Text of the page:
It’s been a bit busy but I’m back with a requested article. How to calculate cycle time via a formula. This will be a quick article as calculating cycle time is really quick. For more in depth information, make sure you check out my article on DORA metrics and WIP limits. With that said, let’s define cycle time and go from there.
What is cycle time?
Cycle time in software delivery is a key metric used to measure the efficiency and effectiveness of a development process. It’s the amount of time from when work begins on a piece of software or a software feature until that software or feature is delivered. This includes not only coding time but also includes code review, user acceptance, integration/deploying and until it’s done.
In other words, cycle time is the total time it takes for a task to move from ‘started’ to ‘finished’ status in the development pipeline. It starts when the actual work begins and ends when the work is ready for delivery.
What are the benefits of cycle time?
Some of the benefits of reducing cycle time are
- Faster Delivery: A reduced cycle time means that new features, enhancements, or bug fixes can be delivered to users more quickly. This can provide a competitive advantage in today’s fast-paced software industry.
- Better Responsiveness: Shorter cycle times make the software development process more adaptable and responsive to changes. If a new user requirement or market trend emerges, teams with shorter cycle times can adapt their products more quickly. No one wants to work on stuff from 2 years ago when it’s no longer needed!
- Improved Efficiency: Reducing cycle time often involves streamlining the development process, removing bottlenecks, and improving efficiency. This can lead to better use of resources and cost savings.
- Increased Customer Satisfaction: Customers often appreciate quick and regular updates to their software. By reducing cycle time, you can increase customer satisfaction and retention. Shorter cycle times mean faster feedback from users, as new features or changes reach them more quickly. This feedback can then be used to further improve the product.
- Reduced Risk: Delivering more frequently (a consequence of reduced cycle times) in smaller increments can reduce the risk associated with large, infrequent releases. Issues can be detected and fixed sooner, which minimizes their impact.
- Better Quality: When focusing on reducing cycle times, teams tend to put a spotlight on their development process. This can lead to an improvement in work quality, as inefficiencies and error-prone practices are addressed.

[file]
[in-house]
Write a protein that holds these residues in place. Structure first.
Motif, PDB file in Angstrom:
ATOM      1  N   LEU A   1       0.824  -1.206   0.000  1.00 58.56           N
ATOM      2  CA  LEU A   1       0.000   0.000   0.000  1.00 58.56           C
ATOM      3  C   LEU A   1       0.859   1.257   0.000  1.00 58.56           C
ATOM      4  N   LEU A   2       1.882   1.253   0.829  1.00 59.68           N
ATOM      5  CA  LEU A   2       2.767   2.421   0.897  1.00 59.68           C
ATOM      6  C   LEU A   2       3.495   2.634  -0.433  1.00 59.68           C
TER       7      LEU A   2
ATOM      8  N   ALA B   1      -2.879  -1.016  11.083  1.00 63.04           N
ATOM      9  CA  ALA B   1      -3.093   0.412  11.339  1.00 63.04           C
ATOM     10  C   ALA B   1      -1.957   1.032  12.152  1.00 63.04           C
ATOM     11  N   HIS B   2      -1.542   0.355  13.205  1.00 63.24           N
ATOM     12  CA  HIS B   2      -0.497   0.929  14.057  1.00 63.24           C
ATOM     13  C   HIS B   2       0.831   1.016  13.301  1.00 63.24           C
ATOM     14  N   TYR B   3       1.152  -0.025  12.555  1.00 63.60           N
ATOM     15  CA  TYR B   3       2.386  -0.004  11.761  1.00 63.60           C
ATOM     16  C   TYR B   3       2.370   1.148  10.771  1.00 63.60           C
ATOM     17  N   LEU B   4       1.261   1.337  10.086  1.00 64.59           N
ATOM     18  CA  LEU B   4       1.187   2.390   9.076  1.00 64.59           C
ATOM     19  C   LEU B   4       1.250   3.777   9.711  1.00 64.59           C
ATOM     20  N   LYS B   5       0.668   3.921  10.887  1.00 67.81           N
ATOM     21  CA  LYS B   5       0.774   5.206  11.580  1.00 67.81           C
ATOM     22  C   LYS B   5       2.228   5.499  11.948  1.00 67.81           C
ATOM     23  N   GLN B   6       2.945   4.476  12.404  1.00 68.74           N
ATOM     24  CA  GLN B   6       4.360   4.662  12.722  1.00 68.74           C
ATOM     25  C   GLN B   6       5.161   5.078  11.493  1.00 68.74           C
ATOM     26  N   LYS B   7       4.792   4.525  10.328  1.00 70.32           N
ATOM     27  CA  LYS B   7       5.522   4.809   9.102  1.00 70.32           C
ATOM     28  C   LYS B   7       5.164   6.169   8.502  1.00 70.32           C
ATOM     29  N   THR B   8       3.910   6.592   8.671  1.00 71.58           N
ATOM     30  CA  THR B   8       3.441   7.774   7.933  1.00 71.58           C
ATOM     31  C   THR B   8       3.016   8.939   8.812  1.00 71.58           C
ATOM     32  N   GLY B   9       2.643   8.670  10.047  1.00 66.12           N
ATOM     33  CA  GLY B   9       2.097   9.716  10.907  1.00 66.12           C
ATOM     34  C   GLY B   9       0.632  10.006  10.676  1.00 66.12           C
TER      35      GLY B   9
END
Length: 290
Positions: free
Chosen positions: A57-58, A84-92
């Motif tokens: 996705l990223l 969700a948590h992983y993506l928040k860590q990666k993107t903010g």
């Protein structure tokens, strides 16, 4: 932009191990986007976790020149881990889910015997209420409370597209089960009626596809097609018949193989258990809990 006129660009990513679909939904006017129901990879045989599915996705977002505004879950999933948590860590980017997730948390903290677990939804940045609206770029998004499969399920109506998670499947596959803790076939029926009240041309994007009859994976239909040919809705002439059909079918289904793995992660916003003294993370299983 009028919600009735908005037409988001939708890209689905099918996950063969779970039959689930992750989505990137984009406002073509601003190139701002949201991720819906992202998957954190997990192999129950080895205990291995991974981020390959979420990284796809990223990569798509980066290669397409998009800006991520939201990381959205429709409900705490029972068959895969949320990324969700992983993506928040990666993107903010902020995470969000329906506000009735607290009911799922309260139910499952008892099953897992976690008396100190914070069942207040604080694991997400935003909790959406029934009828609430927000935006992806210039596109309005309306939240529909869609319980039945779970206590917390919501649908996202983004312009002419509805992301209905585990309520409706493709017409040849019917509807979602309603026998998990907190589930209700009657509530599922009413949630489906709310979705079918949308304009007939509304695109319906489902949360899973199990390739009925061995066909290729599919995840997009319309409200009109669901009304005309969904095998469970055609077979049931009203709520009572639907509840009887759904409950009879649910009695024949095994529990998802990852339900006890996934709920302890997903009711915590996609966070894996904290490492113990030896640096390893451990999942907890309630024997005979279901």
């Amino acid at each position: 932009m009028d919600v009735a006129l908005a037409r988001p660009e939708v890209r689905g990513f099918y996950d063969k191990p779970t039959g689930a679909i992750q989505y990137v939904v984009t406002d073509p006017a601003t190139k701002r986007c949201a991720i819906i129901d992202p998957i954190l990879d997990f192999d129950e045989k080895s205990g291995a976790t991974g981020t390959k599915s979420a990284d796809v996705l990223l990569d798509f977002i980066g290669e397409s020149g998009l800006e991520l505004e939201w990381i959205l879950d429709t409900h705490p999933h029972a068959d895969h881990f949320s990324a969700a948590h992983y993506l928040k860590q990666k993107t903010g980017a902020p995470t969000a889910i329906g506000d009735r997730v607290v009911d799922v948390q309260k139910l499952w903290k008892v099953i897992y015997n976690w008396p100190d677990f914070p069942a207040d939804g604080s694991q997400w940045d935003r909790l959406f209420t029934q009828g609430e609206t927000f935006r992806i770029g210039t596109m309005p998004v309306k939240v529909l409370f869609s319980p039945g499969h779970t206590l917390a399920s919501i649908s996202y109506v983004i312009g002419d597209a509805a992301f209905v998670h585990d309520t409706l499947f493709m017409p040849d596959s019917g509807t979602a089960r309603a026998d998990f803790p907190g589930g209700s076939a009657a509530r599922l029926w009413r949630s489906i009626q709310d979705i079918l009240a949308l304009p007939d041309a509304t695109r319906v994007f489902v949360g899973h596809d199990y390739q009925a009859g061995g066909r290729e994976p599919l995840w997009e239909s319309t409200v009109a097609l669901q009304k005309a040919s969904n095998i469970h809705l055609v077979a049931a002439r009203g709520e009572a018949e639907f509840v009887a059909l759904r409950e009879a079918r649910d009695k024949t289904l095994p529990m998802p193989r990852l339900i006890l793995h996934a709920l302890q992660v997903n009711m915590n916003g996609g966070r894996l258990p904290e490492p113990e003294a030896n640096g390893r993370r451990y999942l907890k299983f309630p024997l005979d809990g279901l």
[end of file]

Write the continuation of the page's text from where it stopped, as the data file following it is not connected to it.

What is the formula for cycle time?
The formula for cycle time is really easy. End date of ticket – Start date. For example, I finish my ticket on on July 5 but started it on July 1st. I subtract July 5 – July 1 and therefore my cycle time is 4 days. Simple right?!
How would I calculate cycle time manually?
Calculating cycle time manually involves a few steps. Here is a simple method:
- Identify the Start and End Points: This is crucial because your cycle time is dependent on the beginning and end of a work item or a process. In software development, the start time is often when the actual development work begins, and the end time is when the feature or task is ready for delivery.
- Calculate the Cycle Time for Each Task: For each task, calculate the cycle time as the difference between the end time and start time. Note that this is usually measured in working days and should not include weekends or holidays, unless your team works on those days. Also, remember to subtract any time when work was paused for some reason.Cycle Time = End Time – Start Time
- Calculate the Average Cycle Time: If you’re interested in the average cycle time for a batch of tasks or over a period of time, you can add up all the individual cycle times and then divide by the number of tasks. Average Cycle Time = (Sum of individual Cycle Times) / n
Here’s a more concrete example. Let’s say you have three tasks, and you’ve recorded the following start and end dates for each:
- Task 1: Start on July 1, end on July 5.
- Task 2: Start on July 1, end on July 10.
- Task 3: Start on July 1, end on July 12.
First, calculate the cycle time for each task:
Task 1 cycle time = 5 – 1 = 4 days.
Task 2 cycle time = 10 – 1 = 9 days.
Task 3 cycle time = 12 – 1 = 11 days.
Then, to calculate the average cycle time:
Average Cycle Time = (4 days + 9 days + 11 days) / 3 = 8 days.
So, the average cycle time is approximately 8 days.
Keep in mind, this is a very simple example. In practice, you may have to adjust your calculations to account for non-working days, pauses in work, and other factors. Making sure you understand statistical outliers and forecasting and how to improve are key components.
There you have it, how to calculate cycle time. If you need someone who has done this manually, semi automated and fully automated I’m your person! In addition, I’ve implemented DORA metrics and more at various organizations. DORA metrics are not the end all be all but can tell you directionally how your organization is doing. Context is super key and don’t get lost in the process. Make sure you contact me if you have any questions or need help.